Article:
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The brain is supplied with blood by four arteries: both carotid arteries at the front and both vertebral arteries at the back.

A – Anatomy of the carotid artery.

  • The common carotid artery arises from the aorta and ascends into the neck. It divides, in the median part of the neck, into two arteries, the internal carotid artery and the external carotid artery.
  • The internal carotid artery supplies blood to the brain.
  • The external carotid artery, through its branches, supplies blood to the neck and the face.
  • The segment of the carotid artery that includes the common carotid artery and the branching out of the internal carotid and the external carotid arteries is called the bifurcation of the common carotid artery (see the drawing).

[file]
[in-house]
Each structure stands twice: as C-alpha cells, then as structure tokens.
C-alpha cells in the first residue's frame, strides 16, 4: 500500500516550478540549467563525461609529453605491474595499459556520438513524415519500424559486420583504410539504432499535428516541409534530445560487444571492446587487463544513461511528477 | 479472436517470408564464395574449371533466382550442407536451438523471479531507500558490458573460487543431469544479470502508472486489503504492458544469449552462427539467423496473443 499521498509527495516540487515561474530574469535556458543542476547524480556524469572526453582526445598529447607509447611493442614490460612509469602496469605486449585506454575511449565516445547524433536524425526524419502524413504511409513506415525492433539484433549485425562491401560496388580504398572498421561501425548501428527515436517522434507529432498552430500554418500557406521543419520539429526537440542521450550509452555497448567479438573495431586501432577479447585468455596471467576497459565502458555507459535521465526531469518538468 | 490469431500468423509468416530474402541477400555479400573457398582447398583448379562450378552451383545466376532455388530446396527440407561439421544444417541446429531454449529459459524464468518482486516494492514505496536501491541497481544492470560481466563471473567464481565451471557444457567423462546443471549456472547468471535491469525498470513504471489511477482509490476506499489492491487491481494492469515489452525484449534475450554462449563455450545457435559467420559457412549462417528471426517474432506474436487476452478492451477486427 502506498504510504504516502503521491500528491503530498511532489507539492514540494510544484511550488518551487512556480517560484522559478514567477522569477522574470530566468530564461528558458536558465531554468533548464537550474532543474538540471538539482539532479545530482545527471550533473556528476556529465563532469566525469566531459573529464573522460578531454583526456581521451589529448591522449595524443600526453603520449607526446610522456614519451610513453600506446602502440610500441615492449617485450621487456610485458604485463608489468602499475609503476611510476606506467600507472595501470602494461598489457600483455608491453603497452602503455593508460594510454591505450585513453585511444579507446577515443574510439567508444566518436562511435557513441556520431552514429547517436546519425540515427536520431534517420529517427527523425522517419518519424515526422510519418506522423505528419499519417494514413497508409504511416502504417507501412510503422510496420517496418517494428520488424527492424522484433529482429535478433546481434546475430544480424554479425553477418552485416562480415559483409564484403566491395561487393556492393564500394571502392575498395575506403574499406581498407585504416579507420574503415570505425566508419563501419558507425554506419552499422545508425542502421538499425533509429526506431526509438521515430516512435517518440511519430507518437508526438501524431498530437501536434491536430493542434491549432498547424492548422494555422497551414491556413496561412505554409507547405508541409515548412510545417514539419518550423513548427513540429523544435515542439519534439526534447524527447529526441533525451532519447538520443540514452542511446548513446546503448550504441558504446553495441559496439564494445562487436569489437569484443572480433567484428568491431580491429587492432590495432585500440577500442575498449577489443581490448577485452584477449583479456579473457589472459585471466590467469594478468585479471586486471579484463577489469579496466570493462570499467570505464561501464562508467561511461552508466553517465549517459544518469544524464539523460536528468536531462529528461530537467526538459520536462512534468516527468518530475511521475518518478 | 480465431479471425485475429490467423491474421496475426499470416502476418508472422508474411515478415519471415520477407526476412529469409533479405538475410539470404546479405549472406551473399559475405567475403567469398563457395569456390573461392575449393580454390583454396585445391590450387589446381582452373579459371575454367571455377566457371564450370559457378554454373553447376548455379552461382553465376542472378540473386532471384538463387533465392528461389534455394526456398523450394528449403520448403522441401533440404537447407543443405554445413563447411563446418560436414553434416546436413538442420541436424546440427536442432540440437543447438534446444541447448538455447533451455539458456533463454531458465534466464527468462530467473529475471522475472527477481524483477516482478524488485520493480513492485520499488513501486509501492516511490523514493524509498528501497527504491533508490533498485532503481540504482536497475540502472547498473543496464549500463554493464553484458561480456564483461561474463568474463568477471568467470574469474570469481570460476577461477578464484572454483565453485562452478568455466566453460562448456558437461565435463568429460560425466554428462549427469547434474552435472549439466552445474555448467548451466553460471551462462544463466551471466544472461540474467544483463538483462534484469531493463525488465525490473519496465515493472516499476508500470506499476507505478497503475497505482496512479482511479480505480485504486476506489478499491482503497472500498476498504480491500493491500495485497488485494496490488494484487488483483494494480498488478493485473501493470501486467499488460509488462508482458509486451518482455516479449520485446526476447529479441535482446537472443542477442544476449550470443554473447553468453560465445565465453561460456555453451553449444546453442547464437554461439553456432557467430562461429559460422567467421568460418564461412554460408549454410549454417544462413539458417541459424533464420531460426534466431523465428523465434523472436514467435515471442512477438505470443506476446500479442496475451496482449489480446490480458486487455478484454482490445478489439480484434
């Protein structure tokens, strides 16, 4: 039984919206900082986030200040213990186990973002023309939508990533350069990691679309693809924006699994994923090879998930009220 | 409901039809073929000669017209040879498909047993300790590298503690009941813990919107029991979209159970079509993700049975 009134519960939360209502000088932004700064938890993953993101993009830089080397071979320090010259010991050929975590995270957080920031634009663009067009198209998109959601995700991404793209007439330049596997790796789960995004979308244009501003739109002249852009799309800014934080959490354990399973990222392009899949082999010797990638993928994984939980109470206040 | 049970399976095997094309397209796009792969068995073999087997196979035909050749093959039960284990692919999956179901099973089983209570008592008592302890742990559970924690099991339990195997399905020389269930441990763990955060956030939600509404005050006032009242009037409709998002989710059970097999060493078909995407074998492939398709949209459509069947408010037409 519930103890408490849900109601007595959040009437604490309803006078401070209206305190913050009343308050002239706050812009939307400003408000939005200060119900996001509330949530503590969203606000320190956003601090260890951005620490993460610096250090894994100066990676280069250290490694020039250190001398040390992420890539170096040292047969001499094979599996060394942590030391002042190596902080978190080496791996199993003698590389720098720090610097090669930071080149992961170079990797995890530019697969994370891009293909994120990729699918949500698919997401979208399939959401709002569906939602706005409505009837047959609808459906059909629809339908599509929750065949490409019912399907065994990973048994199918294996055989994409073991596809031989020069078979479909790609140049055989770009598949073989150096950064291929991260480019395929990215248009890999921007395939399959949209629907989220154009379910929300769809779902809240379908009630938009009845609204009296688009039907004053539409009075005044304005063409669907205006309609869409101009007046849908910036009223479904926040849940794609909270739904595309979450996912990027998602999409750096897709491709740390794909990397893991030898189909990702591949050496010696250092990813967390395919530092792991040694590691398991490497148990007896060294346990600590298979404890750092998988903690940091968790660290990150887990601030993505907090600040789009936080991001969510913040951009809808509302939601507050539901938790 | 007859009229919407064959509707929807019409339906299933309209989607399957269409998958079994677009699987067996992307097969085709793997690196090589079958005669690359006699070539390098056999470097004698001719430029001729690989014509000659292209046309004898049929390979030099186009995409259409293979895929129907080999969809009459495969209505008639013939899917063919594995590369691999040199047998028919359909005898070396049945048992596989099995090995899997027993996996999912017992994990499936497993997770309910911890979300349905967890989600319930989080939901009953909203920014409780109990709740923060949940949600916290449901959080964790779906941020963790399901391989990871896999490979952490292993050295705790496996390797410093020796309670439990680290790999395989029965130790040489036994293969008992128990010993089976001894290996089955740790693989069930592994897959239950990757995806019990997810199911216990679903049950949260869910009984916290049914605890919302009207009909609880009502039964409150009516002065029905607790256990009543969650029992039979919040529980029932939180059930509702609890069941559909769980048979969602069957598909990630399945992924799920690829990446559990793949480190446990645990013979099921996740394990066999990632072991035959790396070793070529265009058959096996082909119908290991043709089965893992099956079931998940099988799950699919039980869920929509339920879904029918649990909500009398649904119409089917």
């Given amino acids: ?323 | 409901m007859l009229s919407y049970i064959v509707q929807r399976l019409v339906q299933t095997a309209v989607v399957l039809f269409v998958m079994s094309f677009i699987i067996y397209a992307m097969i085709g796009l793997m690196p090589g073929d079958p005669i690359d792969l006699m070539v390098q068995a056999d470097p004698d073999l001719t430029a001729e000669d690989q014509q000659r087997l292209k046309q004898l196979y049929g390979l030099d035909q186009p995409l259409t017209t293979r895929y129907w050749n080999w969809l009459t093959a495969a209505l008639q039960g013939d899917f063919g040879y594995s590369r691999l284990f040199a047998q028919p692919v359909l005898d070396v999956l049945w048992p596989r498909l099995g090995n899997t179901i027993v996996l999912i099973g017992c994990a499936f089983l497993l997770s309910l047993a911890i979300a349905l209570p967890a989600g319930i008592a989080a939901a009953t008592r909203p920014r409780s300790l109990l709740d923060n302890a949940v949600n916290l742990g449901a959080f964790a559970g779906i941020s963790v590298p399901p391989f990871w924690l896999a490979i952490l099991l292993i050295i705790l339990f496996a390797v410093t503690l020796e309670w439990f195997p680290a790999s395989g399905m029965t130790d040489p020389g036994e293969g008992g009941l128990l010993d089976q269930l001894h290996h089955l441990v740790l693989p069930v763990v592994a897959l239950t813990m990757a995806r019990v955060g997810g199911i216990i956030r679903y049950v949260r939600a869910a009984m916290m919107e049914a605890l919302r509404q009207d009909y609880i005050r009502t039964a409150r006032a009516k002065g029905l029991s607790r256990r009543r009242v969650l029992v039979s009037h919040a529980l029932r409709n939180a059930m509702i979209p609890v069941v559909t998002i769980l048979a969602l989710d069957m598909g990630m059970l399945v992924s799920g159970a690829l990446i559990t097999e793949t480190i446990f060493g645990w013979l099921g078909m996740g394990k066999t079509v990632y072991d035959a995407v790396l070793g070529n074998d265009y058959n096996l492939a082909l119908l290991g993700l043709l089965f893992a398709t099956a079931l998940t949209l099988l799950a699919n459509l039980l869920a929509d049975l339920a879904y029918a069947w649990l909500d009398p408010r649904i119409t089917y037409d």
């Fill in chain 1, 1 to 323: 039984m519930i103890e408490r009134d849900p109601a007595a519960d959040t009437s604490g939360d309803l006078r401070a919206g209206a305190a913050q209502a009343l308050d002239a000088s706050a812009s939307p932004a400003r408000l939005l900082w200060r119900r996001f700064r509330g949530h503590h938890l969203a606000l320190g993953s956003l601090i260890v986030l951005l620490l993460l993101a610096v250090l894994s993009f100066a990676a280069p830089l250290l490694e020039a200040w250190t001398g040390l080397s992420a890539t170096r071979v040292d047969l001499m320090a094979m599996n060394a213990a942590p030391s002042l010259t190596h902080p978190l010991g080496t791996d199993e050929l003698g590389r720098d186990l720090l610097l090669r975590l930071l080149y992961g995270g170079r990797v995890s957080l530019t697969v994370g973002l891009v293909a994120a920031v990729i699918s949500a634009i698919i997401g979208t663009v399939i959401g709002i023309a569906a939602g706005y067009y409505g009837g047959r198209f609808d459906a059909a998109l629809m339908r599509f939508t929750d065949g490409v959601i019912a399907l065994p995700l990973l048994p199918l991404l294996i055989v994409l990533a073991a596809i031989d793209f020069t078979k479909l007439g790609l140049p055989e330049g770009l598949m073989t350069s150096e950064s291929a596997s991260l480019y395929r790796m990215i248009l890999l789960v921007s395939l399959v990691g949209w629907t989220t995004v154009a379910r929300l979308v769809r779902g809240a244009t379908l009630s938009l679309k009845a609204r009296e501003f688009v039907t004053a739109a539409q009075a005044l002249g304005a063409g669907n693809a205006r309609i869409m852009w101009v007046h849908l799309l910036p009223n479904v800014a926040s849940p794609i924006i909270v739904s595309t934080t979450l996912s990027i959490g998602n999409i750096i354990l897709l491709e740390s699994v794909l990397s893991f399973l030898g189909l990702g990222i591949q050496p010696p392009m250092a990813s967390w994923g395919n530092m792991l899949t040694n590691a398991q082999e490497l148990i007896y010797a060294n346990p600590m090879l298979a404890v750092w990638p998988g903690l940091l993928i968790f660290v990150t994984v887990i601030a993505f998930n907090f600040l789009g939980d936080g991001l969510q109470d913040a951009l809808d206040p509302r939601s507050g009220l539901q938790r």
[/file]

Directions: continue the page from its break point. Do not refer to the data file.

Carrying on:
• The initial part of the internal carotid artery is bulbous and is called the carotid sinus. This carotid sinus is approximately 2 cm long. This is where the atheromatous plaque responsible for carotid stenoses forms. (See the chapter entitled: “Atheromatous plaque” for additional information.)
  • B – Anatomy of the vertebral artery.

    The vertebral artery arises from the subclavian artery and ascends to the brain, where it joins with the contralateral vertebral artery and forms a single artery: the basilar artery.

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